Premier John Horgan meets with Ashcroft Indian Band members after last year’s wildfires. A new report about last year’s floods and wildfires encourages more use of traditional First Nations knowledge in dealing with disasters. Photo: Barbara Roden.

First Nations need more say, consultation during diasters says new report

‘We’re all equal players here’ says report’s co-author, Chief Maureen Chapman.

Making more and better use of traditional First Nations knowledge, recognizing Indigenous governments as equal partners, better and more sensitive communication, and providing more education for bands to help them deal with disasters were among the key recommendations of “Addressing the New Normal: 21st Century Disaster Management in British Columbia”, the report and findings of the BC Flood and Wildfire Review.

“We’re all in this together,” says Maureen Chapman, Hereditary Chief of the Skawahlook First Nation who—along with former Liberal MLA and cabinet minister George Abbott—headed up the review.

“Government to government relations were acknowledged, but we weren’t included. We need to work together [in a disaster], because if we’re in jeopardy that will help everyone.”

The report makes 108 recommendations for dealing with future disasters, and many of them focus on ways in which to work with First Nations, include them in the process, and use their traditional knowledge to help in mitigation and response.

Chief among the recommendations is the use of prescribed burns in partnership with local agencies and organizations, and Chapman says that First Nations knowledge is a key part of this.

“We’ve done traditional burning for hundreds of years to protect and refresh the land,” she notes, saying that people called firekeepers passed their knowledge from generation to generation.

“They read the land, know where to do backburns, have knowledge about where the animals are. They know how to help the firefighters who are coming in, know how fires burn.

“It was decided [by the government] in the 1930s that traditional burning was no longer useful. But it needs to be done.”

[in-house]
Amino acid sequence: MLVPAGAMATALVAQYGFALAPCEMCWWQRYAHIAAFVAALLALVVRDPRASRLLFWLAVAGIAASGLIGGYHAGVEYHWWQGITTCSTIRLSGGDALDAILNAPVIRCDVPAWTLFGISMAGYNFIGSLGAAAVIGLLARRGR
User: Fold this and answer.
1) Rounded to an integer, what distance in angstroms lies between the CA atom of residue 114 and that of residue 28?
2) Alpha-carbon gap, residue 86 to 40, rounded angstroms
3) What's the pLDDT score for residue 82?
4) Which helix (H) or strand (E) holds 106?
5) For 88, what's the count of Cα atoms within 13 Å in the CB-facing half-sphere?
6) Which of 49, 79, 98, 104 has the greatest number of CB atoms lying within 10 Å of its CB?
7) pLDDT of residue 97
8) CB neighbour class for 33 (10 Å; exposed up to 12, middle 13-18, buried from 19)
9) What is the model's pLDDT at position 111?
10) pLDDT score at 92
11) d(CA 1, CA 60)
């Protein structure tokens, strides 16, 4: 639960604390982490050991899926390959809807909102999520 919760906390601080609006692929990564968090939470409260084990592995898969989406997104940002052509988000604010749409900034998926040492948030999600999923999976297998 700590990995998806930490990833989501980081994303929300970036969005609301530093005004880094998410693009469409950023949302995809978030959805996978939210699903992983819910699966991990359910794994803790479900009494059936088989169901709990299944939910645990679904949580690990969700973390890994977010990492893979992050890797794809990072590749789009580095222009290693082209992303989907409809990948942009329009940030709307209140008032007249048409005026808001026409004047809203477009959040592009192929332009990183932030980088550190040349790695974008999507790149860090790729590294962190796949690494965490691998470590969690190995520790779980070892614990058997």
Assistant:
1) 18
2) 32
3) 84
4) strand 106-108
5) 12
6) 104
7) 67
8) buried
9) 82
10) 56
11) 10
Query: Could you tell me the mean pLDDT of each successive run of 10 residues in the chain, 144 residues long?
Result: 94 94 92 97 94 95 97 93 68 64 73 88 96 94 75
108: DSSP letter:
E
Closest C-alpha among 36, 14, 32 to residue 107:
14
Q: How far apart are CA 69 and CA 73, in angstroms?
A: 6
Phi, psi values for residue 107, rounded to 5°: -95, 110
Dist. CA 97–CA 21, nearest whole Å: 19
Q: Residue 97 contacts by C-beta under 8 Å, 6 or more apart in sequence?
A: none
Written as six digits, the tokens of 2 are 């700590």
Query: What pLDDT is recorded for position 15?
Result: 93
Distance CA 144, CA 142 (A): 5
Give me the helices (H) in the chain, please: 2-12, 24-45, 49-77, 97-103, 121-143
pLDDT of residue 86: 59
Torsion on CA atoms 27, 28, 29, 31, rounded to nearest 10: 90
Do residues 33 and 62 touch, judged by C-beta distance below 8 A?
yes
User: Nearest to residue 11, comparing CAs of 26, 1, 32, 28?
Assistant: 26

Chapman also stresses the need for better advance planning. “People had emergency plans, but they went out the window when fire was at the back door. We need a piece of paper with one phone number on it to call [in a disaster], and an emergency plan that’s simple and that people can follow. We found out after the fact that was what people were looking for, so let’s develop something that will work for us now.”

She says that throughout the five months that the review travelled the province seeking public feedback and went through online responses, she heard a lot about hostility toward First Nations people. “I’ve spoken with the RCMP so they can better prepare people brought in from other areas.

“A member from Surrey has no clue about Ashcroft. They say they’re learning from what happened, and how to be sensitive to everyone in an emergency.”

Chapman also cites lack of communication as a real obstacle. “When the fires occurred, there was a gathering of provincial elders going on, and many were advised they couldn’t go back to their communities.

“Thirty-eight elders couldn’t go home, and it was hard for them. Hotels were found to accommodate them, but there was a lack of communication, which led to trauma. If people could be co-located into a community that knows their needs it would help.”

She notes that many of the elders spoke little or no English, and there were lots of people across the board who were not connected on social media; lack of cellphone or satellite phone coverage was also an issue in some places. “We need to identify key people who can go door to door, and have a person in each First Nations community who’s responsible for communication; who can reach out to families and assist to make things easier.”

Training in Emergency Operation Centres and Emergency Social Services is another area that Chapman would like to see focused on. “We had to study acronyms, know what people were talking about. The ministries speak their own language.”

Chapman says the idea is that “We’re all equal players here, so let’s work together. But there are still the prejudices. They’re subtle, but we need to get beyond that. I think there is some education that needs to be shared.

“We’re not that different. We all care about our families. When we cut our finger, we all bleed. People are amazing; they care about each other. We protect ourselves, our families, our environment. It’s all our responsibility to work together and do the best we can.”

The report “Addressing the New Normal”, containing all 108 recommendations made to government, can be read and downloaded at http://bit.ly/2KXpLO2.



editorial@accjournal.ca

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